Unfunded Mandates Reform Act

    This rule does not impose an unfunded mandate on State, local, or Tribal governments or the private sector of more than $100 million per year. This rule does not have a significant or unique effect on State, local, or Tribal governments or the private sector. We are not required to provide a statement containing the information that the Unfunded Mandates Reform Act (2 U.S.C. 1501 et seq.) requires because this rule is not a mandate. This rule merely provides the formulas and methods to implement an allocation of revenue to certain States and eligible CPSs, as Congress directed.

    Takings (E.O. 12630)

    Under the criteria in section 2 of E.O. 12630, this rule does not have significant takings implications. This rule will not be a governmental action capable of interference with constitutionally protected property rights. This rule does not require a Takings Implication Assessment.

    Federalism (E.O. 13132)

    Under the criteria in section 1 of E.O. 13132, this rule does not have sufficient federalism implications to warrant the preparation of a Federalism summary impact statement. This rule does not substantially and directly affect the relationship between the Federal and State governments. To the extent that State and local governments have a role in OCS activities, this rule does not affect that role.

    Civil Justice Reform (E.O. 12988)

    This rule complies with the requirements of E.O. 12988. Specifically, this rule:

    a. Meets the criteria of section 3(a), which requires that all regulations undergo review to eliminate errors and ambiguity and are written to minimize litigation.

    b. Meets the criteria of section 3(b)(2), which requires that we write regulations in clear language using clear legal standards.

    Consultation With Indian Tribes (E.O. 13175)

    The Department of the Interior strives to strengthen its government-to-government relationship with Indian Tribes through a commitment to consultation with Indian Tribes and recognition of their right to self-governance and Tribal sovereignty. Under the Department's consultation policy and the criteria in E.O. 13175, we have evaluated this rule and determined that it has no substantial direct effects on Federally recognized Indian Tribes.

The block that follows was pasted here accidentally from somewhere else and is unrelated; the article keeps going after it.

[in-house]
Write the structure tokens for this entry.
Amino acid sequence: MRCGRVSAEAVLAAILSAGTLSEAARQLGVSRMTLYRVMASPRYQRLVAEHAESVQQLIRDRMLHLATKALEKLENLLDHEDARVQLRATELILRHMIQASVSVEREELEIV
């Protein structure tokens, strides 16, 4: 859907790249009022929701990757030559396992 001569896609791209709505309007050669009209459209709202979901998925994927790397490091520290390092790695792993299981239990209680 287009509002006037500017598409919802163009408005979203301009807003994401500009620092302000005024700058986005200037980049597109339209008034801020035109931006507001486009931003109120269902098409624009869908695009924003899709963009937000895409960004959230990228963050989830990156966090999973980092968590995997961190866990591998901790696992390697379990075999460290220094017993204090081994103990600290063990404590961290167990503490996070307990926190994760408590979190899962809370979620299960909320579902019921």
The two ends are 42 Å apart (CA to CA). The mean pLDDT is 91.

Paperwork Reduction Act

    This rule:

    (1) Does not contain any information collection requirements.

    (2) Does not require a submission under the Paperwork Reduction Act of 1995 (44 U.S.C. 3501 et seq.).

    National Environmental Policy Act

    This rule does not constitute a major Federal action significantly affecting the quality of the human environment. We are not required to provide a detailed statement under the National Environmental Policy Act of 1969 (NEPA) because this rule qualifies for categorical exclusion under 43 CFR 46.210(c) and (i) and the DOI Departmental Manual, part 516, section 15.4.D: “(c) Routine financial transactions including such things as . . . audits, fees, bonds, and royalties . . . (i) Policies, directives, regulations, and guidelines: That are of an administrative, financial, legal, technical, or procedural nature.” We have also determined that this rule is not involved in any of the extraordinary circumstances listed in 43 CFR 46.215 that require further analysis under NEPA. This rule does not alter, in any material way, natural resources exploration, production, or transportation.

    Effects on the Energy Supply (E.O. 13211)

    This rule is not a significant energy action under the definition in E.O. 13211. A Statement of Energy Effects is not required.

    List of Subjects 30 CFR Part 519

    Government contracts, Mineral royalties, Oil and gas exploration, Public lands—mineral resources.

    30 CFR Part 1219

    Government contracts, Mineral royalties, Oil and gas exploration, Public lands—mineral resources.

    Janice M. Schneider, Assistant Secretary—Land and Minerals Management. Kristen J. Sarri, Principal Deputy Assistant Secretary—Policy, Management and Budget. Authority and Issuance

    For the reasons stated in the preamble, under the authority provided by the Reorganization Plan No. 3 of 1950 (64 Stat. 1262) and Secretarial Order Nos. 3299, 3302, and 3306, the Department of the Interior amends part 519 of title 30 CFR chapter V and part 1219 of 30 CFR chapter XII as follows: